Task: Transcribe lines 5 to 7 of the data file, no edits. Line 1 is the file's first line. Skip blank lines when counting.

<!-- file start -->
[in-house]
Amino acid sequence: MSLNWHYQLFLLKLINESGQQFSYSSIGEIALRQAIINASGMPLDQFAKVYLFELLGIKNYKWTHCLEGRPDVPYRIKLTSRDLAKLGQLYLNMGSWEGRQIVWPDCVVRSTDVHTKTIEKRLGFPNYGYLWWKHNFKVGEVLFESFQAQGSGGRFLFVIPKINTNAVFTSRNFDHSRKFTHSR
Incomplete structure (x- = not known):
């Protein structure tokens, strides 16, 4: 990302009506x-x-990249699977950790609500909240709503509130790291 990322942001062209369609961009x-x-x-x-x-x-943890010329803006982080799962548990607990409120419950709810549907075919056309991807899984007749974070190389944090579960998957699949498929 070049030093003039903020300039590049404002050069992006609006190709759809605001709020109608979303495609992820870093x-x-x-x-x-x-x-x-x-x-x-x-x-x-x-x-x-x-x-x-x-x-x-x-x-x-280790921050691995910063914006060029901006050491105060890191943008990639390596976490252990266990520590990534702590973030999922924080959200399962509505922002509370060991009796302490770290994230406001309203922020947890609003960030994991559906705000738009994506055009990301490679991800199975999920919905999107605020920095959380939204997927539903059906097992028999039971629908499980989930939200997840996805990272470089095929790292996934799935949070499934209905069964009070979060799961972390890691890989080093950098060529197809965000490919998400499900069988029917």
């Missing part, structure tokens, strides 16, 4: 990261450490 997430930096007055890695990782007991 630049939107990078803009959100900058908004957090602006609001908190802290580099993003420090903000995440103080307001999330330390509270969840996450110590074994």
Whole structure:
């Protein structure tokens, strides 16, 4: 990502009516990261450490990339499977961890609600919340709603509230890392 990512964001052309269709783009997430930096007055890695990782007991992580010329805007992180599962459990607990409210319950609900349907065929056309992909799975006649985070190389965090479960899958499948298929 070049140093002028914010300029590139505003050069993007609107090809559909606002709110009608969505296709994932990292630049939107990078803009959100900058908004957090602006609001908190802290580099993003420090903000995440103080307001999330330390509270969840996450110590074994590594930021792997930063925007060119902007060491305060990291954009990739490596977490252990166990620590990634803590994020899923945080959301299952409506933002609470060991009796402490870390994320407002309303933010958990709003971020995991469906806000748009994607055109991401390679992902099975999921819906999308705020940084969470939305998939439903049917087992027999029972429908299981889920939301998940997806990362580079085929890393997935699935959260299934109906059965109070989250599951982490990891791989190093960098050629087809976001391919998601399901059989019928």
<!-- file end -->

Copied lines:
């Missing part, structure tokens, strides 16, 4: 990261450490 997430930096007055890695990782007991 630049939107990078803009959100900058908004957090602006609001908190802290580099993003420090903000995440103080307001999330330390509270969840996450110590074994």
Whole structure:
């Protein structure tokens, strides 16, 4: 990502009516990261450490990339499977961890609600919340709603509230890392 990512964001052309269709783009997430930096007055890695990782007991992580010329805007992180599962459990607990409210319950609900349907065929056309992909799975006649985070190389965090479960899958499948298929 070049140093002028914010300029590139505003050069993007609107090809559909606002709110009608969505296709994932990292630049939107990078803009959100900058908004957090602006609001908190802290580099993003420090903000995440103080307001999330330390509270969840996450110590074994590594930021792997930063925007060119902007060491305060990291954009990739490596977490252990166990620590990634803590994020899923945080959301299952409506933002609470060991009796402490870390994320407002309303933010958990709003971020995991469906806000748009994607055109991401390679992902099975999921819906999308705020940084969470939305998939439903049917087992027999029972429908299981889920939301998940997806990362580079085929890393997935699935959260299934109906059965109070989250599951982490990891791989190093960098050629087809976001391919998601399901059989019928």